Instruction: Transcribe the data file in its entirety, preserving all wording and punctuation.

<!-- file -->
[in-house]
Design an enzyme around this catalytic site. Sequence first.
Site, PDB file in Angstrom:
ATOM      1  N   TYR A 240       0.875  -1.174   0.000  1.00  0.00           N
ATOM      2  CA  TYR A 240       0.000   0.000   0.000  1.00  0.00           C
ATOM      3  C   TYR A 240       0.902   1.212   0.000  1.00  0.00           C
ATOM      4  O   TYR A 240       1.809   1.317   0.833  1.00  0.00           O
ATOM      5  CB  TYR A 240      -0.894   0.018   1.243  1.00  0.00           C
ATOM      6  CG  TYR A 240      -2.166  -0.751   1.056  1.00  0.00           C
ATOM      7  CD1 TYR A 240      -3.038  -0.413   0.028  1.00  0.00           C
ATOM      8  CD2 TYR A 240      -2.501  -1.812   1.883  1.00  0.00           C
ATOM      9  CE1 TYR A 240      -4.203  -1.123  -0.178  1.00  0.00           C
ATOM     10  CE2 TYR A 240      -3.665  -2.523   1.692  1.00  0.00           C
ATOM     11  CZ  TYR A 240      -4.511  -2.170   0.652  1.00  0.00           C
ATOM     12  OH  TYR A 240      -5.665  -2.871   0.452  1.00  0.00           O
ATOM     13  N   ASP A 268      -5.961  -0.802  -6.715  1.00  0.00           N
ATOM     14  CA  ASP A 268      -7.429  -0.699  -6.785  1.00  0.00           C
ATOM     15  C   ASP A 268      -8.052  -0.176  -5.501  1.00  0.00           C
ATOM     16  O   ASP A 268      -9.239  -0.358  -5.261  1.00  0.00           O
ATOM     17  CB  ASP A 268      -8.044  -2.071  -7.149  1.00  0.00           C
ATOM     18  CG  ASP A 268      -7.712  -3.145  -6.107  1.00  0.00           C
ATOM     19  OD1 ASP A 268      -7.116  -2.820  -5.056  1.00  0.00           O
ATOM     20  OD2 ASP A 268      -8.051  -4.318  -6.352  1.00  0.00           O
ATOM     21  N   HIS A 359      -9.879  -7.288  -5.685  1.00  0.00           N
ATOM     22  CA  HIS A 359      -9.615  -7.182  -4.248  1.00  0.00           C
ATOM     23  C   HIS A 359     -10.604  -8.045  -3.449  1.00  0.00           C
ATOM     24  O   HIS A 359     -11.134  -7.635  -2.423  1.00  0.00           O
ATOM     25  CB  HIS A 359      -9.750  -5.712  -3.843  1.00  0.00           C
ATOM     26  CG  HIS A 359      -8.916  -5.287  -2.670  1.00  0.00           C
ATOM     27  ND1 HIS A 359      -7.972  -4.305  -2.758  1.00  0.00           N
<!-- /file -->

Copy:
[in-house]
Design an enzyme around this catalytic site. Sequence first.
Site, PDB file in Angstrom:
ATOM      1  N   TYR A 240       0.875  -1.174   0.000  1.00  0.00           N
ATOM      2  CA  TYR A 240       0.000   0.000   0.000  1.00  0.00           C
ATOM      3  C   TYR A 240       0.902   1.212   0.000  1.00  0.00           C
ATOM      4  O   TYR A 240       1.809   1.317   0.833  1.00  0.00           O
ATOM      5  CB  TYR A 240      -0.894   0.018   1.243  1.00  0.00           C
ATOM      6  CG  TYR A 240      -2.166  -0.751   1.056  1.00  0.00           C
ATOM      7  CD1 TYR A 240      -3.038  -0.413   0.028  1.00  0.00           C
ATOM      8  CD2 TYR A 240      -2.501  -1.812   1.883  1.00  0.00           C
ATOM      9  CE1 TYR A 240      -4.203  -1.123  -0.178  1.00  0.00           C
ATOM     10  CE2 TYR A 240      -3.665  -2.523   1.692  1.00  0.00           C
ATOM     11  CZ  TYR A 240      -4.511  -2.170   0.652  1.00  0.00           C
ATOM     12  OH  TYR A 240      -5.665  -2.871   0.452  1.00  0.00           O
ATOM     13  N   ASP A 268      -5.961  -0.802  -6.715  1.00  0.00           N
ATOM     14  CA  ASP A 268      -7.429  -0.699  -6.785  1.00  0.00           C
ATOM     15  C   ASP A 268      -8.052  -0.176  -5.501  1.00  0.00           C
ATOM     16  O   ASP A 268      -9.239  -0.358  -5.261  1.00  0.00           O
ATOM     17  CB  ASP A 268      -8.044  -2.071  -7.149  1.00  0.00           C
ATOM     18  CG  ASP A 268      -7.712  -3.145  -6.107  1.00  0.00           C
ATOM     19  OD1 ASP A 268      -7.116  -2.820  -5.056  1.00  0.00           O
ATOM     20  OD2 ASP A 268      -8.051  -4.318  -6.352  1.00  0.00           O
ATOM     21  N   HIS A 359      -9.879  -7.288  -5.685  1.00  0.00           N
ATOM     22  CA  HIS A 359      -9.615  -7.182  -4.248  1.00  0.00           C
ATOM     23  C   HIS A 359     -10.604  -8.045  -3.449  1.00  0.00           C
ATOM     24  O   HIS A 359     -11.134  -7.635  -2.423  1.00  0.00           O
ATOM     25  CB  HIS A 359      -9.750  -5.712  -3.843  1.00  0.00           C
ATOM     26  CG  HIS A 359      -8.916  -5.287  -2.670  1.00  0.00           C
ATOM     27  ND1 HIS A 359      -7.972  -4.305  -2.758  1.00  0.00           N